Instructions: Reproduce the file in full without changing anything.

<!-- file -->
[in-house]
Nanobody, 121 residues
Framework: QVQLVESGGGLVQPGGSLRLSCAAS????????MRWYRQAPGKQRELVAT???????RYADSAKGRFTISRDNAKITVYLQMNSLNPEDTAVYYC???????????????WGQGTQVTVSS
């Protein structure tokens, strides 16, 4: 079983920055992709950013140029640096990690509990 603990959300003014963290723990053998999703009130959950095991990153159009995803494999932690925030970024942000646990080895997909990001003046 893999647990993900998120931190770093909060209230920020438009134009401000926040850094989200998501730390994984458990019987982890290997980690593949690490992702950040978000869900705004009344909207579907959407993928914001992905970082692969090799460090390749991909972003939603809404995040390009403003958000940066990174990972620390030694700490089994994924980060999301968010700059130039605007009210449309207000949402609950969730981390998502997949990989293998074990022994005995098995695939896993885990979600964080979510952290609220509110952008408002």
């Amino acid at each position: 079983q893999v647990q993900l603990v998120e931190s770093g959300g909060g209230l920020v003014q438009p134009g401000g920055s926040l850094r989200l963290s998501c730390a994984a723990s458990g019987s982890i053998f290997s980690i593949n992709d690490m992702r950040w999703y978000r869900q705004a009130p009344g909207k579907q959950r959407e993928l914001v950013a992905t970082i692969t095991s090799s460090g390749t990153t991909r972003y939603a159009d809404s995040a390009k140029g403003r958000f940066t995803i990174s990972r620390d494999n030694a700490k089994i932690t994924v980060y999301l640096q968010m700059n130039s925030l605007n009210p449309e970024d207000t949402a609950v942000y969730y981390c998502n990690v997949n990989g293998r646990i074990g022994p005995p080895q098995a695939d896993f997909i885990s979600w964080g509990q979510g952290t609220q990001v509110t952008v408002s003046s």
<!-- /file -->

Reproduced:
[in-house]
Nanobody, 121 residues
Framework: QVQLVESGGGLVQPGGSLRLSCAAS????????MRWYRQAPGKQRELVAT???????RYADSAKGRFTISRDNAKITVYLQMNSLNPEDTAVYYC???????????????WGQGTQVTVSS
């Protein structure tokens, strides 16, 4: 079983920055992709950013140029640096990690509990 603990959300003014963290723990053998999703009130959950095991990153159009995803494999932690925030970024942000646990080895997909990001003046 893999647990993900998120931190770093909060209230920020438009134009401000926040850094989200998501730390994984458990019987982890290997980690593949690490992702950040978000869900705004009344909207579907959407993928914001992905970082692969090799460090390749991909972003939603809404995040390009403003958000940066990174990972620390030694700490089994994924980060999301968010700059130039605007009210449309207000949402609950969730981390998502997949990989293998074990022994005995098995695939896993885990979600964080979510952290609220509110952008408002």
């Amino acid at each position: 079983q893999v647990q993900l603990v998120e931190s770093g959300g909060g209230l920020v003014q438009p134009g401000g920055s926040l850094r989200l963290s998501c730390a994984a723990s458990g019987s982890i053998f290997s980690i593949n992709d690490m992702r950040w999703y978000r869900q705004a009130p009344g909207k579907q959950r959407e993928l914001v950013a992905t970082i692969t095991s090799s460090g390749t990153t991909r972003y939603a159009d809404s995040a390009k140029g403003r958000f940066t995803i990174s990972r620390d494999n030694a700490k089994i932690t994924v980060y999301l640096q968010m700059n130039s925030l605007n009210p449309e970024d207000t949402a609950v942000y969730y981390c998502n990690v997949n990989g293998r646990i074990g022994p005995p080895q098995a695939d896993f997909i885990s979600w964080g509990q979510g952290t609220q990001v509110t952008v408002s003046s």